The surface of Europa is mostly water ice, so in terms of composition, there is water ice that astronauts could skate on.
Europa's surface is relatively smooth, so there should be a large enough expanse with no cracks or craters that could be turned into an ice rink. The ice would have to be smoothed, though - just like many frozen-over ponds are too rough to skate on, Europa's surface is probably far too bumpy to skate on. After the ice is smoothed (imagine transporting a zamboni to Europa!), ice skating might work. Why just might? It used to be thought that ice skating works because the pressure of the skate blade on the ice melts a thin layer of water that the skate slides on. Recent research, however, has shown that this isn't actually how it works. According to the old way of explaining ice skating, it wouldn't be possible on Europa because the temperature is low enough the ice couldn't be melted by the pressure of the skate. However, this new concept shows that ice skating is possible even at very low temperatures.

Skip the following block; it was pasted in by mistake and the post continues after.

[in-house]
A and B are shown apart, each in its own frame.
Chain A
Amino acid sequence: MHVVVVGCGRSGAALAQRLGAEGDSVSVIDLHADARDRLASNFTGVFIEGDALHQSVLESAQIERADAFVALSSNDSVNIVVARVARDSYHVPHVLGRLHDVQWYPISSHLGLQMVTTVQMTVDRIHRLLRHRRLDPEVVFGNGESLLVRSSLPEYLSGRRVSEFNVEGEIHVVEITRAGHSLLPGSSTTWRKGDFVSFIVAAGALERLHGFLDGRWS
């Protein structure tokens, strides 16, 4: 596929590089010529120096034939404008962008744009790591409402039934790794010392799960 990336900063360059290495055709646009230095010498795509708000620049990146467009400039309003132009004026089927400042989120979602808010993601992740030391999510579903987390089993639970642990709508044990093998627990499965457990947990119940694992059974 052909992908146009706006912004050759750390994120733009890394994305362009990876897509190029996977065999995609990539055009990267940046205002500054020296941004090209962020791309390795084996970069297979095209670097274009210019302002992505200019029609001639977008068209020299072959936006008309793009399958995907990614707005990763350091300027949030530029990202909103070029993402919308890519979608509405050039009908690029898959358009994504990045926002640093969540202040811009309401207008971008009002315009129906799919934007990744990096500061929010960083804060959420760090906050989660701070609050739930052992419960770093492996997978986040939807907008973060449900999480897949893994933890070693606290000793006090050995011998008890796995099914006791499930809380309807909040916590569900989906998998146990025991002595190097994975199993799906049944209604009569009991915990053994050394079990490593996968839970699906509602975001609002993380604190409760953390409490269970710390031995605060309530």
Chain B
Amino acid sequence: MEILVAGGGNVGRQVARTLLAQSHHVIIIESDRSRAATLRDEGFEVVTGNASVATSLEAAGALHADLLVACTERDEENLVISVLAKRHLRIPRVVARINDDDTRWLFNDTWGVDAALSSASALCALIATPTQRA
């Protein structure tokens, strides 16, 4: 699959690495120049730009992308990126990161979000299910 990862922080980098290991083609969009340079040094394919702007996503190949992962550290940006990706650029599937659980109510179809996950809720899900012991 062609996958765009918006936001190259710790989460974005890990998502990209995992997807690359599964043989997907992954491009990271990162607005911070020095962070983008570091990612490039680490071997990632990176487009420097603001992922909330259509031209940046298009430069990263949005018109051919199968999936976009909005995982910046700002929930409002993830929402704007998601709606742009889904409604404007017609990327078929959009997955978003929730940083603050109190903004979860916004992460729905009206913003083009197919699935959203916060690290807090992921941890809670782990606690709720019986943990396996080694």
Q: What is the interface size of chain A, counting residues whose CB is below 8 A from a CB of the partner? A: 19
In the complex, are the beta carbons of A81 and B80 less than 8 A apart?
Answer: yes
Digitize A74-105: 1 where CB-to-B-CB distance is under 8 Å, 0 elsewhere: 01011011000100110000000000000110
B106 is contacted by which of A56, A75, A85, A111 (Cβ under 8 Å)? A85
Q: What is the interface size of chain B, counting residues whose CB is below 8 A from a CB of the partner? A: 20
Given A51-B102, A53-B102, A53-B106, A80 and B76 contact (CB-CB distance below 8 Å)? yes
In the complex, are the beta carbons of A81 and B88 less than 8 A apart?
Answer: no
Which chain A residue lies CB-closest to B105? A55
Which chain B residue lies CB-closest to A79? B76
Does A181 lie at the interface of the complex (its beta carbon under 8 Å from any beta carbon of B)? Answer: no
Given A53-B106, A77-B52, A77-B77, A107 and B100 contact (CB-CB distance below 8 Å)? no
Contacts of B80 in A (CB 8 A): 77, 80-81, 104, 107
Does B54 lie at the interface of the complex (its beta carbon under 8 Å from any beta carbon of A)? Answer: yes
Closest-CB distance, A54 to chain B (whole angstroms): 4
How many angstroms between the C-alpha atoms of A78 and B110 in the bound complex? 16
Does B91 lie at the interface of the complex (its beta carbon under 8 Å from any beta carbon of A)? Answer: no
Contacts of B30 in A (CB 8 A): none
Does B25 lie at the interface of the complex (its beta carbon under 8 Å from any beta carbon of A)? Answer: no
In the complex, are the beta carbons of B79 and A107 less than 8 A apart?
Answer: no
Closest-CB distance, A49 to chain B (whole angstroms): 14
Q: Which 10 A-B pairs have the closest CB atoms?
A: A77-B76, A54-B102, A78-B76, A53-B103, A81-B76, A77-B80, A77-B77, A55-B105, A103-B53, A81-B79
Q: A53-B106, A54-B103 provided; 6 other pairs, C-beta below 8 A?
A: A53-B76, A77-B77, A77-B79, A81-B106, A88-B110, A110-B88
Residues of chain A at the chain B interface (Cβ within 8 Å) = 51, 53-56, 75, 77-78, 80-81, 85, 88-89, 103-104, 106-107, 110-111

So if ice is still slippery at the very low temperature of Europa, which is about 100 K, then, technically, ice skating is possible. Imagine how high you could jump in Europa's gravity, which is only 1.31 m/s2 (compared to Earth's 9.8 m/s2) - maybe an octuple axel?
Now comes the question of whether astronauts will ever get to Europa. The answer is not any time soon, but maybe far in the future. Right now, the next mission planned to explore Europa is the Jupiter Icy Moons Orbiter, which would launch in 2011. The next destination for a manned spacecraft is Mars, or back to the Moon. After that is accomplished, a manned mission to the Galilean Satellites may be planned. But it would be very expensive and technologically challenging.